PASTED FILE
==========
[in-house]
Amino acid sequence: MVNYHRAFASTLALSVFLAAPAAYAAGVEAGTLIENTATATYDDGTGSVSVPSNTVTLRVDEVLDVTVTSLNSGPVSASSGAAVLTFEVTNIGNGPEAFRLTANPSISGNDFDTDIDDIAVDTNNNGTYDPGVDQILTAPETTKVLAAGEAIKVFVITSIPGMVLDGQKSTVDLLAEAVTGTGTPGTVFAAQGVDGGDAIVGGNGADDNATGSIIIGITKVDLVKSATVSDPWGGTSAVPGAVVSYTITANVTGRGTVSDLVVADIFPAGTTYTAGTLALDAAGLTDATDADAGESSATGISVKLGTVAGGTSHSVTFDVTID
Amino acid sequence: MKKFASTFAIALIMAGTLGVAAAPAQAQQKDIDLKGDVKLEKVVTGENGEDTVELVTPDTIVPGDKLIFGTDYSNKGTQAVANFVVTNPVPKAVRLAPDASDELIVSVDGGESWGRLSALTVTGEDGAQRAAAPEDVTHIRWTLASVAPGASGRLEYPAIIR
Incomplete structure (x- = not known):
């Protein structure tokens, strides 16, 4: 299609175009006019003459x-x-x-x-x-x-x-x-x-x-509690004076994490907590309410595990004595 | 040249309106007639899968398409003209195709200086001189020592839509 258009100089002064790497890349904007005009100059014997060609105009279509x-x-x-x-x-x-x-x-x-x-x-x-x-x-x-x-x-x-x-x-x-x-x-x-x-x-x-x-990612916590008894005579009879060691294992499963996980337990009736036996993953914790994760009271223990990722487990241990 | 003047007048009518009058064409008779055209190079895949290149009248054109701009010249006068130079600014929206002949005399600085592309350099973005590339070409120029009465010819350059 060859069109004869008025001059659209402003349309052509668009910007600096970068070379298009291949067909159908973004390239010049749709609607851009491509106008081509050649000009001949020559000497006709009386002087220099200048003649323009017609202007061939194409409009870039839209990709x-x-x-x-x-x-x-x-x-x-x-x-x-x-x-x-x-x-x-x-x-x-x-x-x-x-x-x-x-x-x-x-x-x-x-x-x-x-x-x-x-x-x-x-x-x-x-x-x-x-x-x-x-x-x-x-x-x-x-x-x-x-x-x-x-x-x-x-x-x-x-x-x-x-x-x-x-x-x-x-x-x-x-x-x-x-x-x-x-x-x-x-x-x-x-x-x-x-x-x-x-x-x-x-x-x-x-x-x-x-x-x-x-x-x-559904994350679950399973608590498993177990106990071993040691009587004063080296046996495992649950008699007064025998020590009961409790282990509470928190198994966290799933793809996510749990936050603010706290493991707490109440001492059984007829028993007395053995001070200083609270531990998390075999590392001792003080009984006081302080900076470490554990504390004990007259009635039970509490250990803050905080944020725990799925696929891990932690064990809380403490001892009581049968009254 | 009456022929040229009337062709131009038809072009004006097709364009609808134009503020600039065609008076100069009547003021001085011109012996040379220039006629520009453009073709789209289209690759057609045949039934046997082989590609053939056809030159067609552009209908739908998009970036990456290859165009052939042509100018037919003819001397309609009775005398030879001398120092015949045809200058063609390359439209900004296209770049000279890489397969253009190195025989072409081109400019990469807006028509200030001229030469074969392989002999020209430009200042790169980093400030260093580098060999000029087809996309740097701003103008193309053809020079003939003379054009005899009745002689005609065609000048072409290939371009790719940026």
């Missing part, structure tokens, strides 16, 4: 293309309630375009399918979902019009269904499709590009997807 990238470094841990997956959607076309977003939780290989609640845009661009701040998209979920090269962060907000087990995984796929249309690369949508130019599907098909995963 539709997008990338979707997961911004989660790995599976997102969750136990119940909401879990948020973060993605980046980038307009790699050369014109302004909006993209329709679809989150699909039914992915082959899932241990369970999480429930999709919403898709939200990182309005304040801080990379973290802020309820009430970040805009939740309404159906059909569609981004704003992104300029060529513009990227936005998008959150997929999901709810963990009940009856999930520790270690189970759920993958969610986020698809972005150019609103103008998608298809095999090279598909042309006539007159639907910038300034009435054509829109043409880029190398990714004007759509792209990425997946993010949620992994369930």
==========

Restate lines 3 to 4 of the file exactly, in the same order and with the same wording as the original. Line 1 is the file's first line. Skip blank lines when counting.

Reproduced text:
Amino acid sequence: MKKFASTFAIALIMAGTLGVAAAPAQAQQKDIDLKGDVKLEKVVTGENGEDTVELVTPDTIVPGDKLIFGTDYSNKGTQAVANFVVTNPVPKAVRLAPDASDELIVSVDGGESWGRLSALTVTGEDGAQRAAAPEDVTHIRWTLASVAPGASGRLEYPAIIR
Incomplete structure (x- = not known):